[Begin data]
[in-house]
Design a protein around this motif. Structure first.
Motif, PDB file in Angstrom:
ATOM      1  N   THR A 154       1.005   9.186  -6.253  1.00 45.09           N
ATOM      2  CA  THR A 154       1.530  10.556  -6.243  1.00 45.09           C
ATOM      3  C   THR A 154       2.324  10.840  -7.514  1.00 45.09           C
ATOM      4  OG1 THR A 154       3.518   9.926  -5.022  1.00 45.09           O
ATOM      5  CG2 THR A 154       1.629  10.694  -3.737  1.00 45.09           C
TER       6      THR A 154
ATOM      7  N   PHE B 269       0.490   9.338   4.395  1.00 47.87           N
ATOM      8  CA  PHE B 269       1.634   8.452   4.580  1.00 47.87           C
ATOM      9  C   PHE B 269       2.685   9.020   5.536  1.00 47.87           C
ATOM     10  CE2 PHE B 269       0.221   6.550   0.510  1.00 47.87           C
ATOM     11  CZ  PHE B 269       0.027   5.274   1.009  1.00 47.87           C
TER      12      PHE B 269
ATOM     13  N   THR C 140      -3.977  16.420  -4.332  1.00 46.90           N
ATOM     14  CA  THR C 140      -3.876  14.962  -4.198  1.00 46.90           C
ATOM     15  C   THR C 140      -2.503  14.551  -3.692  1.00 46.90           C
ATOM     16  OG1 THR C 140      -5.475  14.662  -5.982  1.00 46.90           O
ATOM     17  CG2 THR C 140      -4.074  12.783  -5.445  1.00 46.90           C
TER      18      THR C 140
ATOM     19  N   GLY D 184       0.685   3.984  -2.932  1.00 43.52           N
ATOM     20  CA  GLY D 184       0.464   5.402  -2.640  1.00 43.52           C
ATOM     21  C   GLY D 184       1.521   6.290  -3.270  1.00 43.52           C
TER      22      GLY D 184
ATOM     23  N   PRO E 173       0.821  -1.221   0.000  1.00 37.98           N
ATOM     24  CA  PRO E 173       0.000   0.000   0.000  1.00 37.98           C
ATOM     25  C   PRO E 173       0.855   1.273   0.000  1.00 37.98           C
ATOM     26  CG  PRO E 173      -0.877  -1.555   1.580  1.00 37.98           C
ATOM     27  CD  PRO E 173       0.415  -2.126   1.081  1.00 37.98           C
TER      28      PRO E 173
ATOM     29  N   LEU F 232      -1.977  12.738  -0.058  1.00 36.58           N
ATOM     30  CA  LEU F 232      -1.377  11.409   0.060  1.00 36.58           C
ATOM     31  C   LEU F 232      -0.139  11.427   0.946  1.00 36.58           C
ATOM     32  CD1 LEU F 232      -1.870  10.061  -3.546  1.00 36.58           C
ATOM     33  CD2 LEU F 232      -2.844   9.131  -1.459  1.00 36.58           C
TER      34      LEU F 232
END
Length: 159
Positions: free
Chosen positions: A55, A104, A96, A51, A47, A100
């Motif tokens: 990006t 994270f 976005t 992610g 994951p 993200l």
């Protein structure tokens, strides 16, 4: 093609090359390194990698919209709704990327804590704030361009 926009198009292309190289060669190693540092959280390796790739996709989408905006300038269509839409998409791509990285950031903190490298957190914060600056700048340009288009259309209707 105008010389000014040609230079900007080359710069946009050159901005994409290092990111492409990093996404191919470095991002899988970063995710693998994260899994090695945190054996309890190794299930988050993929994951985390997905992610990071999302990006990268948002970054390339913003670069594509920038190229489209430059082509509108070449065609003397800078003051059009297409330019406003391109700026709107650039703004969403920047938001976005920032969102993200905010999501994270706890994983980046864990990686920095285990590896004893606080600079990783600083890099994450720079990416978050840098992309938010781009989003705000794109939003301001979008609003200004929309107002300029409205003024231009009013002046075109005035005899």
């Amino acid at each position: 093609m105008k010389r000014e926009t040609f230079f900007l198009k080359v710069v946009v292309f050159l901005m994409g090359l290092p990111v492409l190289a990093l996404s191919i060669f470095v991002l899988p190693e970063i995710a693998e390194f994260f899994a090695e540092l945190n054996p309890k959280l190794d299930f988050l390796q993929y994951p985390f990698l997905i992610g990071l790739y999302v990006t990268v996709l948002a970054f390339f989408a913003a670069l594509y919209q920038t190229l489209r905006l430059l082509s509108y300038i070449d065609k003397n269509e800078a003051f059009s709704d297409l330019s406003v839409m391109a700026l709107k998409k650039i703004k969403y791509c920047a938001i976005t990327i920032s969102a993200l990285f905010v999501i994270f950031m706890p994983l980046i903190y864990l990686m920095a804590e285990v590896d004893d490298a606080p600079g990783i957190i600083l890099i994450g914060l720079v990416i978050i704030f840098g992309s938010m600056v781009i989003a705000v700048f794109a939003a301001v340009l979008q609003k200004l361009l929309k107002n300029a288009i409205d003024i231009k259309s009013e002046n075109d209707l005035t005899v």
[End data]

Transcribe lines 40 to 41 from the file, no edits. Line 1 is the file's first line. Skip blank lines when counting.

Positions: free
Chosen positions: A55, A104, A96, A51, A47, A100